Thus we feel lost and experience discomfort, agitation and dynamically changing symptoms in the first three dynamic stages of shatkriyakala (six stage process of development of disease) and static symptoms and clinical images in the latter three stages. This is how Pragyaparadha vitiates all the doshas and initiates and feeds the shatkriyakala. As we interact with the objective world outside the effects of Pragyaparadha, which acts from subjective levels, is externalized in our behavior, communication and actions. The following are just a few examples of the possible effects of mentioned Pragyaparadha. For instance some people are diagnosed with different clinical images because they've fixated or blocked the dynamics of the doshas for prolonged periods of time through the coping strategies (fear, etcetera) resulting from Pragyaparadha, thus causing the sthanasamsraya (localization), vyakti (manifestation) and bheda (clinical image) stages of the pathogenesis; for the same reason some people are diagnosed with Post Traumatic Stress Disorder (PTSD) or other psychiatric labels because they experience pain, fear or other inexplicable consciousness related physical phenomena that disrupt their normal behavior and daily living; some children are diagnosed with ADHD because they cannot ‘master’ the disruptive actions that come from within; some persons are experienced as being peaceful, wise or enlightened because they experience peace, wisdom and/or bliss from within the same subjective realm. The main difference between the former and the latter states would be a person's inborn constitution and inclinations, and that person’s atmavidya, awareness of the subjective or self-knowledge. It has been our general observation that by raising the integrated awareness of individuals about what goes on at mentioned subjective levels of experience a transformational process (Catharsis - Rechana) is elicited that creates new states of awareness which in turn assist our mind-body system in a continuous process of self-organization (dhatusaamya), self-healing and self-creation that feeds the very process of spiritual growth and healing. The twelve stages of the transformational process are: Ashvasana (assurance – gives comfort), Nidanam (diagnosis - observation of the process on subjective levels), Samsuchana (suggestion – direct feedback about the process and evolving patterns), Pratyayana (persuasion – on how to proceed through the process), Nirdesana (guidance – direction on what to do or not in regard to responses and evolving patterns there from), Prashikshana (education understanding about the meaning of responses and evolving patterns), Parimarjana (modification – the course of action on subjective levels is changed), Sammohana (hypnosis – the power of illusion is weakened), Visavedana (desensitization – the responses lose their influence), Rechana (catharsis – transformational cleansing), Samtripti (satisfying – peaceful flow of life force) and Brahman (growth - expansion of awareness). This transformational process that leads to self-organization, catharsis and expansion reverses the shatkriyakala, no matter what stage. Its healing actions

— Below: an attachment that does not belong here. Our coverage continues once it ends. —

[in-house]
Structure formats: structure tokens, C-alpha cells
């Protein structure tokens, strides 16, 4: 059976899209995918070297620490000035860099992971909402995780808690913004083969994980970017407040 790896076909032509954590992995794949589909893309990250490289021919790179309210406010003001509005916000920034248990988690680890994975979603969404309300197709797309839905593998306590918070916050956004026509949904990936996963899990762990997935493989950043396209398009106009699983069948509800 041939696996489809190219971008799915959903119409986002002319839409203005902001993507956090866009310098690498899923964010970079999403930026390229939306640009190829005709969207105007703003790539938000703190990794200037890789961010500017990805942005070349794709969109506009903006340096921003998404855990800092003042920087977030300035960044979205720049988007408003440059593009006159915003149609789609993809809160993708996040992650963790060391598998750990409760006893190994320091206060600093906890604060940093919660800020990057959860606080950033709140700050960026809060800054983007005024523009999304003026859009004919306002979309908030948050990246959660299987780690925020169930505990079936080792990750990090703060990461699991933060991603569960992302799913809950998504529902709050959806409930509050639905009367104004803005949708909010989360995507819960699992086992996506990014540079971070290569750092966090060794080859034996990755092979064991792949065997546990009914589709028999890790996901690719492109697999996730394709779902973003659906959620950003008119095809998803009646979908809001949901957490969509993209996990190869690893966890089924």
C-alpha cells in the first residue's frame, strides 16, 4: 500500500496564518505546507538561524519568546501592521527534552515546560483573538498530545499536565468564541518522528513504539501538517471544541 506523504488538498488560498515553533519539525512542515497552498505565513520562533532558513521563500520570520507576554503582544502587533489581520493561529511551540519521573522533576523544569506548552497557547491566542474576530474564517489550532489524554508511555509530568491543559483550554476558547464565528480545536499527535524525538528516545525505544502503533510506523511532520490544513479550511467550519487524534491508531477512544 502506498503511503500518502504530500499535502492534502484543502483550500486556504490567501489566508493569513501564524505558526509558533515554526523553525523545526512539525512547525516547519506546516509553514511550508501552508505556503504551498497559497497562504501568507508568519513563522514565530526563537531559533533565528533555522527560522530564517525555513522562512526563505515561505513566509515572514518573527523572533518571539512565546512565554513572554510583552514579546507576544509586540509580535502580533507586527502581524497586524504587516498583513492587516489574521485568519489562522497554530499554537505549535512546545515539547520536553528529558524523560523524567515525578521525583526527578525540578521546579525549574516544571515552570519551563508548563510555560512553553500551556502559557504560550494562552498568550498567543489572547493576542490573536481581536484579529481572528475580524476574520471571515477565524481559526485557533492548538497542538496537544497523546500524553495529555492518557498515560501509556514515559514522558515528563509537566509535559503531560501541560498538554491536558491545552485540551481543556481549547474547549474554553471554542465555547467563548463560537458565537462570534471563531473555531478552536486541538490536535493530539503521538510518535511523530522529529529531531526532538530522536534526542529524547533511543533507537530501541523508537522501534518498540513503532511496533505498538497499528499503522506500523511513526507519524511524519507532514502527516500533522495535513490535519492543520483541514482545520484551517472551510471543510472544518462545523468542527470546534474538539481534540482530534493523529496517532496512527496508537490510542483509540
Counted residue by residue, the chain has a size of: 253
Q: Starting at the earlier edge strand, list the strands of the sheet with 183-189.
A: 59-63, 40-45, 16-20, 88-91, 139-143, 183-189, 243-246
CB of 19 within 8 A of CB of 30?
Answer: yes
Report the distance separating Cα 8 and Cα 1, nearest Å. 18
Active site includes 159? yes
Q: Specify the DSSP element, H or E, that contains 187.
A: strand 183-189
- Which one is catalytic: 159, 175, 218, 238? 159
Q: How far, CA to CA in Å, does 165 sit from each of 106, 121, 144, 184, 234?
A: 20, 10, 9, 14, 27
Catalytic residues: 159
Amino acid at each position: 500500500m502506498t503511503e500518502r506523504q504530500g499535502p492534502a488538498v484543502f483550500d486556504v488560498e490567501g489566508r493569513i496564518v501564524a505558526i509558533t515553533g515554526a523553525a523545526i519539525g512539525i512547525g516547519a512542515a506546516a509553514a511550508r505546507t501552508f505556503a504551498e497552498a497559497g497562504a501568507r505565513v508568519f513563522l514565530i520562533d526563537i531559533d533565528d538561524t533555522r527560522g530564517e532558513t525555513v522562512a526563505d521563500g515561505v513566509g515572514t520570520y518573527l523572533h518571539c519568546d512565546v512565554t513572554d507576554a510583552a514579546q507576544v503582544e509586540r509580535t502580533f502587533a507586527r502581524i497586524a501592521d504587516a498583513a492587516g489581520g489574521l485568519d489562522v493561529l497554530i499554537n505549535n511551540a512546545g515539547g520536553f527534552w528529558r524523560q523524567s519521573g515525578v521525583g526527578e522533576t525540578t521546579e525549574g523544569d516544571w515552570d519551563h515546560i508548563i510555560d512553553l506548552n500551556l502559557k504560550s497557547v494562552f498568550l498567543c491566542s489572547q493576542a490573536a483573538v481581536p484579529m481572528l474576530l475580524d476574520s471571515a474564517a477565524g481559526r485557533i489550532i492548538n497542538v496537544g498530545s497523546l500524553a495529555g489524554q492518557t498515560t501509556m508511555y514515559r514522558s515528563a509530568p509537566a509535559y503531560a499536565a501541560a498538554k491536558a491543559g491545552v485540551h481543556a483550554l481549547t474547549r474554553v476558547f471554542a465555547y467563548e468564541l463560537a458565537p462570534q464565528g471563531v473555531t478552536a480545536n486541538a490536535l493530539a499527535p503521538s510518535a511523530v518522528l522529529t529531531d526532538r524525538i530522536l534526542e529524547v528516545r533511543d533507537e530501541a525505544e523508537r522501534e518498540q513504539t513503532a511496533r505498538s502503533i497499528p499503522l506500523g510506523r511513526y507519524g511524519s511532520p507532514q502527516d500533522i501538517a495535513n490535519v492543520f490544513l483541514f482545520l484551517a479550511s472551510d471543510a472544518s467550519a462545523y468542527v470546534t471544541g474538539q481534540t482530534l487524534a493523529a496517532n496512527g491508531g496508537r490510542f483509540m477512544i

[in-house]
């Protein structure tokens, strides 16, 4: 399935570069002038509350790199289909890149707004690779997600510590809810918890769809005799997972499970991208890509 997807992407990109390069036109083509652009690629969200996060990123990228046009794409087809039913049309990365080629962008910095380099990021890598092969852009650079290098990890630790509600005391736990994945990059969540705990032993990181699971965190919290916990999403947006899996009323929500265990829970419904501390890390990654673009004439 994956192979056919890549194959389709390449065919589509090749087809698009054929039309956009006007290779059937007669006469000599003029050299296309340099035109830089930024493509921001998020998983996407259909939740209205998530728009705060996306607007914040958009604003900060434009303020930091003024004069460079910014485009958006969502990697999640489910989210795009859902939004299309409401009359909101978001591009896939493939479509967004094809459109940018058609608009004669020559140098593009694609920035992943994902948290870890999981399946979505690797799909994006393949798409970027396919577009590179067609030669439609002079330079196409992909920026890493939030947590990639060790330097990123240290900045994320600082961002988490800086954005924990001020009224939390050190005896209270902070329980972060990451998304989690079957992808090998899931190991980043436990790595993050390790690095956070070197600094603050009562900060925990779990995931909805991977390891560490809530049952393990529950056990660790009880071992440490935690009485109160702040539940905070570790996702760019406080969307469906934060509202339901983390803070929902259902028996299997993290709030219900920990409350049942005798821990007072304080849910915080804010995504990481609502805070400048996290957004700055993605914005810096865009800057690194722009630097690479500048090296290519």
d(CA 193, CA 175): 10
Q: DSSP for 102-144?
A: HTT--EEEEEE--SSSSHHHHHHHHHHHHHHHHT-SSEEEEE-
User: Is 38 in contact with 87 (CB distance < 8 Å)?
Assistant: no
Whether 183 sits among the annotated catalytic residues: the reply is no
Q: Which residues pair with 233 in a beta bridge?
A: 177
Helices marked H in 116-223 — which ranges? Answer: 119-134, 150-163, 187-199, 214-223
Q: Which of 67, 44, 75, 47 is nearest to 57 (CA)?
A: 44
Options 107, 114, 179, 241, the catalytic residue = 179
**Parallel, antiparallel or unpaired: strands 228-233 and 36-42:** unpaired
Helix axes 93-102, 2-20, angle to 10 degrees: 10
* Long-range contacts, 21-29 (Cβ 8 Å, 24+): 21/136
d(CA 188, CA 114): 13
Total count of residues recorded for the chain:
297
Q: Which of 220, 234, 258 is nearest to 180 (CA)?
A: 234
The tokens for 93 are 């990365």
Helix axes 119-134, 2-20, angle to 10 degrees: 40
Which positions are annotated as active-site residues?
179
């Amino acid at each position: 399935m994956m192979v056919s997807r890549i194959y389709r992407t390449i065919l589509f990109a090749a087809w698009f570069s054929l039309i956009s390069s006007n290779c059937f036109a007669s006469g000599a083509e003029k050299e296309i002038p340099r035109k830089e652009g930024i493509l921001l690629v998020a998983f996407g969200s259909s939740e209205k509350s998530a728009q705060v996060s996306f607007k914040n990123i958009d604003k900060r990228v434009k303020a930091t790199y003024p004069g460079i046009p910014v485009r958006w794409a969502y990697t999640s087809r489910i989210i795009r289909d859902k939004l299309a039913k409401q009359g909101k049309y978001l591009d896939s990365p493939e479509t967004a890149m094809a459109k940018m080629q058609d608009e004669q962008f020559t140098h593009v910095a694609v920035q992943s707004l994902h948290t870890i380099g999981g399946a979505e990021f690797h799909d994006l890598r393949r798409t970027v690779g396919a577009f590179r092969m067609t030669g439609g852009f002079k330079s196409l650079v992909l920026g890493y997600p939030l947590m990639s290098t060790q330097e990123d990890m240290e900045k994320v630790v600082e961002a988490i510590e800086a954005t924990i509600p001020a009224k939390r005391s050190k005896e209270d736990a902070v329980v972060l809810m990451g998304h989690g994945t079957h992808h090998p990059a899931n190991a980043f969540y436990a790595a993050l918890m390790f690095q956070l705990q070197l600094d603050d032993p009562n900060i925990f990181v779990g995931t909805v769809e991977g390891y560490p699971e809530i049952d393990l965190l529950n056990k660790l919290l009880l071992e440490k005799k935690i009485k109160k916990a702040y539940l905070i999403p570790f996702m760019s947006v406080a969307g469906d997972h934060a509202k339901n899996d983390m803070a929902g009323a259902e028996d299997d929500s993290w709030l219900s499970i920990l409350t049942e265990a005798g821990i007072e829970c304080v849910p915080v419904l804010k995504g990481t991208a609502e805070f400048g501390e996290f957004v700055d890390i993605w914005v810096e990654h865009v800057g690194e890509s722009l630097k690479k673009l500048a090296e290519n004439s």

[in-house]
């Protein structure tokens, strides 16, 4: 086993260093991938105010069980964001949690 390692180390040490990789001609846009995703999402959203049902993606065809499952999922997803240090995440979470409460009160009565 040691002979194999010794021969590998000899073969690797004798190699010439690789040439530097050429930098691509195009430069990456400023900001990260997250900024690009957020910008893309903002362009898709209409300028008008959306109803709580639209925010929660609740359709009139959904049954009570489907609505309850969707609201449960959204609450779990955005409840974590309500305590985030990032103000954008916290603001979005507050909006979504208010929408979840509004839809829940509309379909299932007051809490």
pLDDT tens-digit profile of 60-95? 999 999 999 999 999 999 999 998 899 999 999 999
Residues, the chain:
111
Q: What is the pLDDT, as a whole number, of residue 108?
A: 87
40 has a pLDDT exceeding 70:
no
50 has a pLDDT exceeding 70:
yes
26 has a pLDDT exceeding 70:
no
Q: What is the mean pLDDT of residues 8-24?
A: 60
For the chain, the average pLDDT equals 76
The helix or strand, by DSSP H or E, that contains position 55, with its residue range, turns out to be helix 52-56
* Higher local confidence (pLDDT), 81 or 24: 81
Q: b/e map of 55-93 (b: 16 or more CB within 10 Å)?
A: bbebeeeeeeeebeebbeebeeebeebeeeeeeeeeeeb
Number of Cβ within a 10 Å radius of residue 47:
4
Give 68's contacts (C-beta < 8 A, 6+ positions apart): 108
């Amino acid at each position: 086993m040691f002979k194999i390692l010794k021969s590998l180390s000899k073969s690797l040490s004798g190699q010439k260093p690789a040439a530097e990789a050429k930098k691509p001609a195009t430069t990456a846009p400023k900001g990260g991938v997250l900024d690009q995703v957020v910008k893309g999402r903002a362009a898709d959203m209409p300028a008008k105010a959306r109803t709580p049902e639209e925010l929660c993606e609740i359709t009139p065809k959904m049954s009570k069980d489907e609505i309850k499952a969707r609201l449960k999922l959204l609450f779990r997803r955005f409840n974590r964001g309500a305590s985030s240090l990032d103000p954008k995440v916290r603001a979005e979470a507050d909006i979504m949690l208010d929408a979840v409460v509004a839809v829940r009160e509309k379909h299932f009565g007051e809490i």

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Carlo Monsanto

Sattvavajaya Chikitsa – Learning from the Soul! 2008